In a way, Wii Sports Resort and its included Wii MotionPlus accessory represent an admission of failure on Nintendo’s part.

Since late 2005, Nintendo has been promising that the Wii Remote would change the way we played games by replacing button-presses with real-world motions. The original Wii Sports, packaged with the Wii, single-handedly sold millions of Wii systems at $250 a pop, many to people who had never before considered picking up a game console.

But Wii Sports‘ proof of concept for a marvelous, motion-controlled future was aided by a significant helping of smoke and mirrors. Extended play showed that the Remote wasn’t accurate enough to detect the angle of a tennis racket as it made contact with the ball, or correct swinging form in Baseball or Golf. The cracks in the motion-control scheme really started to show in the Boxing mini-game, with matches that universally devolved into a mess of random Remote- and Nunchuk-swinging that had little to no correlation to the action on-screen.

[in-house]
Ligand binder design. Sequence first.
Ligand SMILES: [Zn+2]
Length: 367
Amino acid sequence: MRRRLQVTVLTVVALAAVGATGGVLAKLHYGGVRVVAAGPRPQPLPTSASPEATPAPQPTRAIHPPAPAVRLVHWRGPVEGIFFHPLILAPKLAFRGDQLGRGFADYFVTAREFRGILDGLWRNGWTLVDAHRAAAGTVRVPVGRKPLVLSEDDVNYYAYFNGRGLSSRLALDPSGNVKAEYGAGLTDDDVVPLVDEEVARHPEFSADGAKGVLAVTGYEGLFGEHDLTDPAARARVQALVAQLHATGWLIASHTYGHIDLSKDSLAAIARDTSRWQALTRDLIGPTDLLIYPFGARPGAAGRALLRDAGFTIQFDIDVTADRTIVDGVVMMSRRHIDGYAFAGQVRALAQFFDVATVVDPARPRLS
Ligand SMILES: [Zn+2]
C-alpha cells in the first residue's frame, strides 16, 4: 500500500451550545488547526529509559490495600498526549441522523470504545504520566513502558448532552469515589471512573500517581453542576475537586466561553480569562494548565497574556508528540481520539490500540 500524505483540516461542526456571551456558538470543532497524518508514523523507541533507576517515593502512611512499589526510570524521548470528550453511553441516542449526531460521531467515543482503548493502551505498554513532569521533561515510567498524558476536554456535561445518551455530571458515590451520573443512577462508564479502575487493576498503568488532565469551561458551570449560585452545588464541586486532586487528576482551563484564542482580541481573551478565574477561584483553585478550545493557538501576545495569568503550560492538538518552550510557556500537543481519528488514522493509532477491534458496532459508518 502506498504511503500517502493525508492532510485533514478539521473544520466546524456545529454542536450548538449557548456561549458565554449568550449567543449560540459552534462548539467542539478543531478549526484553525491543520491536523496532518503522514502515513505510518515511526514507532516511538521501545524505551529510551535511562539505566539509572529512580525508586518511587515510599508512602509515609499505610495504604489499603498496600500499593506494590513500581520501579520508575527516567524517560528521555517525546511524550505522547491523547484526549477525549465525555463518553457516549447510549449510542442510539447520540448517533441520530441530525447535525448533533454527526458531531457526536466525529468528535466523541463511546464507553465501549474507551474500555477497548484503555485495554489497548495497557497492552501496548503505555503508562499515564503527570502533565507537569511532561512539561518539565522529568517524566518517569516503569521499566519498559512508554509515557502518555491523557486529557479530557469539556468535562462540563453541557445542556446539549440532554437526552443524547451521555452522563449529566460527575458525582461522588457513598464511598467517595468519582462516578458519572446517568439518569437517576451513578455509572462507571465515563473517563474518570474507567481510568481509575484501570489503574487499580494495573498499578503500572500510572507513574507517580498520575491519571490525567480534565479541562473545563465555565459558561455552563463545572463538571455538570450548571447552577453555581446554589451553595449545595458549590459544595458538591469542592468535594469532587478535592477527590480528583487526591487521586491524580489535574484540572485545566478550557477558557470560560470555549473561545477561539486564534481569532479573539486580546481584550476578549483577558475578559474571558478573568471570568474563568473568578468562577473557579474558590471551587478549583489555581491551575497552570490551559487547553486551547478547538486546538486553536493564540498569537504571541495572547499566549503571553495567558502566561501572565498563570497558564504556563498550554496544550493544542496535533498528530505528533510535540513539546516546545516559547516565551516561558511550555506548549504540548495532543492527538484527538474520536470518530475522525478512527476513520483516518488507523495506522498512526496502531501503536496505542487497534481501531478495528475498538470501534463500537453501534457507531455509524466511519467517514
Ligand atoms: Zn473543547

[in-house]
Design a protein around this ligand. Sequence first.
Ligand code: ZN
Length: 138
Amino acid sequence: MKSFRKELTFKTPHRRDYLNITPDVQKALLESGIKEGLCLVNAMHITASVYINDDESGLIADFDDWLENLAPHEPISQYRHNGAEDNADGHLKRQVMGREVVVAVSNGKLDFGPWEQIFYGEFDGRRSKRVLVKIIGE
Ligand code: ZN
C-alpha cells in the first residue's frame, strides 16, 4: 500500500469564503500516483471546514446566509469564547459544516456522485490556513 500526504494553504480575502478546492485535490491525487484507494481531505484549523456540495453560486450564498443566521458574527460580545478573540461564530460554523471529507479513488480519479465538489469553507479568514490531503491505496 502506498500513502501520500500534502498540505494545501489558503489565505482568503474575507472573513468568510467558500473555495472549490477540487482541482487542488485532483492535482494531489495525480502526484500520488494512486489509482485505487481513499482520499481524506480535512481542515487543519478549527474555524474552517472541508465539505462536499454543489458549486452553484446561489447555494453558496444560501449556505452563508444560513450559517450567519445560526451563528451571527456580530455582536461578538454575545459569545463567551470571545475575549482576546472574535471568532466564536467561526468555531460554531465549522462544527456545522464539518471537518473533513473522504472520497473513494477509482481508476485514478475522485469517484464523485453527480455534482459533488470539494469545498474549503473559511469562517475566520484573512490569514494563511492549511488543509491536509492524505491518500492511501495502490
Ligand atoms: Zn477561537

There was a ray of hope in the original Wii Sports: The bowling mini-game, unlike the others, showed the real promise of motion controls by accurately detecting the angle and power of your Remote swing as you hurled the virtual ball down the lane. Here, finally, was a game where the Wii Remote was used in a way that couldn’t be emulated by a traditional controller — where how you moved the Wii Remote was just as important as the fact that you were moving it at all.

(full article)